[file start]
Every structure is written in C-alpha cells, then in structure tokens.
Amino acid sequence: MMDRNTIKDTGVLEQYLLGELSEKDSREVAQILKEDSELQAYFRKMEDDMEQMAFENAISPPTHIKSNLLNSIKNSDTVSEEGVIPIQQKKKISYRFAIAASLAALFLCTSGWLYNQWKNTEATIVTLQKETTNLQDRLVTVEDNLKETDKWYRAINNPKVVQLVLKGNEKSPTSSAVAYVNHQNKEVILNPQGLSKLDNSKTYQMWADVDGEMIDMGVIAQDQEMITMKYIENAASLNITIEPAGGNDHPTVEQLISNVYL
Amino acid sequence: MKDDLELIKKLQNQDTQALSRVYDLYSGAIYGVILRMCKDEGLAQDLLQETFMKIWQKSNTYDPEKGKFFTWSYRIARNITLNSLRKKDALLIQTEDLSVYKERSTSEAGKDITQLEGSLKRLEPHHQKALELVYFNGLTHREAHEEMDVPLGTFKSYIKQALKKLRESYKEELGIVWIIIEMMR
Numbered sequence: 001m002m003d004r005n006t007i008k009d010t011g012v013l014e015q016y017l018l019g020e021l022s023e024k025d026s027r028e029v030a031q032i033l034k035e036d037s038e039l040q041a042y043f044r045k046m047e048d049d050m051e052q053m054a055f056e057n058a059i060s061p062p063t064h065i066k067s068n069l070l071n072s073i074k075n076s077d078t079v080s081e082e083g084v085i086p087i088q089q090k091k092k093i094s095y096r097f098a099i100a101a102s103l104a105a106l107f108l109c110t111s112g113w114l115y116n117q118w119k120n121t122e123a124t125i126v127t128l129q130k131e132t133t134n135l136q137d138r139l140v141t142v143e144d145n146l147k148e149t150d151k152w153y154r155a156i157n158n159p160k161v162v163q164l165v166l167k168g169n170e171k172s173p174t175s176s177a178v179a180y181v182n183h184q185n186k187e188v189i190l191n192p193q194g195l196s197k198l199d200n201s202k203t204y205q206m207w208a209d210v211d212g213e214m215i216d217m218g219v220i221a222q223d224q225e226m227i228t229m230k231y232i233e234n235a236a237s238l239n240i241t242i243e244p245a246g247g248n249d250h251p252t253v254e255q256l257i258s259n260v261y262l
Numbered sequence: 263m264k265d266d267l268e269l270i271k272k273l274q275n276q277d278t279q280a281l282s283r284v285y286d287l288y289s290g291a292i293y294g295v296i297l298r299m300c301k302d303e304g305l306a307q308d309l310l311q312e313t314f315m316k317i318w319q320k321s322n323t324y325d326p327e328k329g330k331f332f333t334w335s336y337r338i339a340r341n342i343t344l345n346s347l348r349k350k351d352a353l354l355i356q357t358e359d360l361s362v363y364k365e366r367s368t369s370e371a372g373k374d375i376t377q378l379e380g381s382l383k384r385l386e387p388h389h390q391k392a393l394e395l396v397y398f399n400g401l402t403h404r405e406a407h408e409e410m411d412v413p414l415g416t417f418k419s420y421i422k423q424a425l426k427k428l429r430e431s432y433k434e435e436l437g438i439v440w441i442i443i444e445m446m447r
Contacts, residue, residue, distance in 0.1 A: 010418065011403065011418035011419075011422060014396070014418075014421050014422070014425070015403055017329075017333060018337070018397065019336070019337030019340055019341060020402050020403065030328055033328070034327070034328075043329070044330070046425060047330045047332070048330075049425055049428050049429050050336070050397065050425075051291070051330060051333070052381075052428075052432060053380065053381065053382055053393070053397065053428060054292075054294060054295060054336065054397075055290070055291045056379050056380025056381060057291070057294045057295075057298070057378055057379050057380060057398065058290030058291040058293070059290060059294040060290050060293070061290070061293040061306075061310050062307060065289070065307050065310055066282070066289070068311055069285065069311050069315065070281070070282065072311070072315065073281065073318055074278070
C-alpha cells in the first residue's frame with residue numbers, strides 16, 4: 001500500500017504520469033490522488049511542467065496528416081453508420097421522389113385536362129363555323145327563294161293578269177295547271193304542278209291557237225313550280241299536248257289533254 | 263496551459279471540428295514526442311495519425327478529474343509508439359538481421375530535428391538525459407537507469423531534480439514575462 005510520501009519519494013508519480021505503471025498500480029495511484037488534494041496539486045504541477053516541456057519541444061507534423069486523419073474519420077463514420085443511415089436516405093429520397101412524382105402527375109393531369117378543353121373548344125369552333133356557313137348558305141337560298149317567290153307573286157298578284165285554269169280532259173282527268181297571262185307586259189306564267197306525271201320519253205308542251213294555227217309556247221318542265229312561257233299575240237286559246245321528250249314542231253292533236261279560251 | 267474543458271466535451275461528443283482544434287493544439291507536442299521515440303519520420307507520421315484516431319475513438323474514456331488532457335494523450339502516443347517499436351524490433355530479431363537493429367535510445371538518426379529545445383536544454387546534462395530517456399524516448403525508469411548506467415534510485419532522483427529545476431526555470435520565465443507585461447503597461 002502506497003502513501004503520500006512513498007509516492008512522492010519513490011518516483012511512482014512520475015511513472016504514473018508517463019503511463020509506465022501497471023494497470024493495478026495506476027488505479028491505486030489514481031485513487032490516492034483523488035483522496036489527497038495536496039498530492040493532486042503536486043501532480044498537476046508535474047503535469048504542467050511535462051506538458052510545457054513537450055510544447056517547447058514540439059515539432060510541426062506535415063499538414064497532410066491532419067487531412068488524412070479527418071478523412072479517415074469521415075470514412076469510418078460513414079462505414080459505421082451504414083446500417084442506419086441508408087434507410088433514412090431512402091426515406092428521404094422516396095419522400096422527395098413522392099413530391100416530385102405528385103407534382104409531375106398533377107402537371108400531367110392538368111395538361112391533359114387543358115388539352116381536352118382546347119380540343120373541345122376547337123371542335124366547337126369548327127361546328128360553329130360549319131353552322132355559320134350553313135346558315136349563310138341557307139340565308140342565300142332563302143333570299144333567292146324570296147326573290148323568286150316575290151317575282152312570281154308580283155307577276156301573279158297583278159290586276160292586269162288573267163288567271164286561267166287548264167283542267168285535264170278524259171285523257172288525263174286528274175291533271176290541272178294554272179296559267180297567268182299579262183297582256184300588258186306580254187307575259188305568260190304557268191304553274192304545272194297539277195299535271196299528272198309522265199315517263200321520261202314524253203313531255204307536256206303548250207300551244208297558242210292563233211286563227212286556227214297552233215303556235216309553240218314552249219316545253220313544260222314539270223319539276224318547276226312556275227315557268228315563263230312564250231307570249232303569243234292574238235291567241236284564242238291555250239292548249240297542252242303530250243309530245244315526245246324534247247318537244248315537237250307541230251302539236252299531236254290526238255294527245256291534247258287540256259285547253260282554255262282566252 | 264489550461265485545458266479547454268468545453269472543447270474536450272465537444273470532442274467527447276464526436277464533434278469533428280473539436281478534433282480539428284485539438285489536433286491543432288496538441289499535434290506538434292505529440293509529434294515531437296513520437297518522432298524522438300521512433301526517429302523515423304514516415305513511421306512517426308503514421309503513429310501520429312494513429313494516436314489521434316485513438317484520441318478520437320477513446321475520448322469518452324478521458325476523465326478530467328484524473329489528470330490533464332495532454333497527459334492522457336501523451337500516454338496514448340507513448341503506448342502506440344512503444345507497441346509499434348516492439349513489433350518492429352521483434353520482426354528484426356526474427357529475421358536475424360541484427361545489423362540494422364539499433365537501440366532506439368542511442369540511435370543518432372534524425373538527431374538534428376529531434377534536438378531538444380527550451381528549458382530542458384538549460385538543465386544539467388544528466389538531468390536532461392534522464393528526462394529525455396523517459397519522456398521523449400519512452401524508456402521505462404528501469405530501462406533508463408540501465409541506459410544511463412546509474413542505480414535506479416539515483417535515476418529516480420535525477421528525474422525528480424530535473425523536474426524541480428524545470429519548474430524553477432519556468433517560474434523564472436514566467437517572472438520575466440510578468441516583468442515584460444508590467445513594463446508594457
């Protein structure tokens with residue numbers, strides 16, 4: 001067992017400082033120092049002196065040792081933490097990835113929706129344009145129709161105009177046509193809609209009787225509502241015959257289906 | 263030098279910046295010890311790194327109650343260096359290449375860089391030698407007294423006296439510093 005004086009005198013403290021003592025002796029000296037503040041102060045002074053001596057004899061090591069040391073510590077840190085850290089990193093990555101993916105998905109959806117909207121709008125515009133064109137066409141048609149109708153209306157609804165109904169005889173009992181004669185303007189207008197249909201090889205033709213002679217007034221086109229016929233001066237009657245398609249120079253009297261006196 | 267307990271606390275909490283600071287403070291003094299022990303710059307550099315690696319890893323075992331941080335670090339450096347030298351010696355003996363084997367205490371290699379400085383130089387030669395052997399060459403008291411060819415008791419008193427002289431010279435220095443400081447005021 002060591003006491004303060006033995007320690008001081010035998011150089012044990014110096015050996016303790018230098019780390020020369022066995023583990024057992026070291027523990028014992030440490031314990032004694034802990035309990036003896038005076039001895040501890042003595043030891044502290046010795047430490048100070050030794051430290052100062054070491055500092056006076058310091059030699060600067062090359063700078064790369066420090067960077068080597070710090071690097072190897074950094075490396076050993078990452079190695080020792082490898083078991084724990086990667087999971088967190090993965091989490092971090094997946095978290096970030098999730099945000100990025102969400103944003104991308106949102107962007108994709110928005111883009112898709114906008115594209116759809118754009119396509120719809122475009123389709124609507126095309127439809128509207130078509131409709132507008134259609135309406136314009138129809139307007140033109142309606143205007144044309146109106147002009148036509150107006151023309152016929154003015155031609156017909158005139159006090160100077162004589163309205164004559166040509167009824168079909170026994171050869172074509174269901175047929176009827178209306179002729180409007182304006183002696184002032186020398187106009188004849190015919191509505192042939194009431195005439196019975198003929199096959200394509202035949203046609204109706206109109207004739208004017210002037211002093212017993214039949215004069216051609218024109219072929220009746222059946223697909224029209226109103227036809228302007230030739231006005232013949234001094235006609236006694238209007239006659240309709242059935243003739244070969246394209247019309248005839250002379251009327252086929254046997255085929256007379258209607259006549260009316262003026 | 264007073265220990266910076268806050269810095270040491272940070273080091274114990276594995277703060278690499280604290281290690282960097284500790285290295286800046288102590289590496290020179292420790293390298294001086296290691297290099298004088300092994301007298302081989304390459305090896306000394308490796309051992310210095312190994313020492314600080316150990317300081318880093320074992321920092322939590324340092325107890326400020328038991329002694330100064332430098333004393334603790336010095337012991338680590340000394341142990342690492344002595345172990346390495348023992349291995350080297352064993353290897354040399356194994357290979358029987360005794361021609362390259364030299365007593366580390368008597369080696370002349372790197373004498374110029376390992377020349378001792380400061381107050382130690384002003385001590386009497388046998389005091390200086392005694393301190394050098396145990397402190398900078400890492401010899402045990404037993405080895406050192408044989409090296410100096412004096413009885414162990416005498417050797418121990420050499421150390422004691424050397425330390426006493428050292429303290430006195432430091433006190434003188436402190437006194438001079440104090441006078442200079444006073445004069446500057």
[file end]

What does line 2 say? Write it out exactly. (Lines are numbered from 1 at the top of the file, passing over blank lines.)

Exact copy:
Amino acid sequence: MMDRNTIKDTGVLEQYLLGELSEKDSREVAQILKEDSELQAYFRKMEDDMEQMAFENAISPPTHIKSNLLNSIKNSDTVSEEGVIPIQQKKKISYRFAIAASLAALFLCTSGWLYNQWKNTEATIVTLQKETTNLQDRLVTVEDNLKETDKWYRAINNPKVVQLVLKGNEKSPTSSAVAYVNHQNKEVILNPQGLSKLDNSKTYQMWADVDGEMIDMGVIAQDQEMITMKYIENAASLNITIEPAGGNDHPTVEQLISNVYL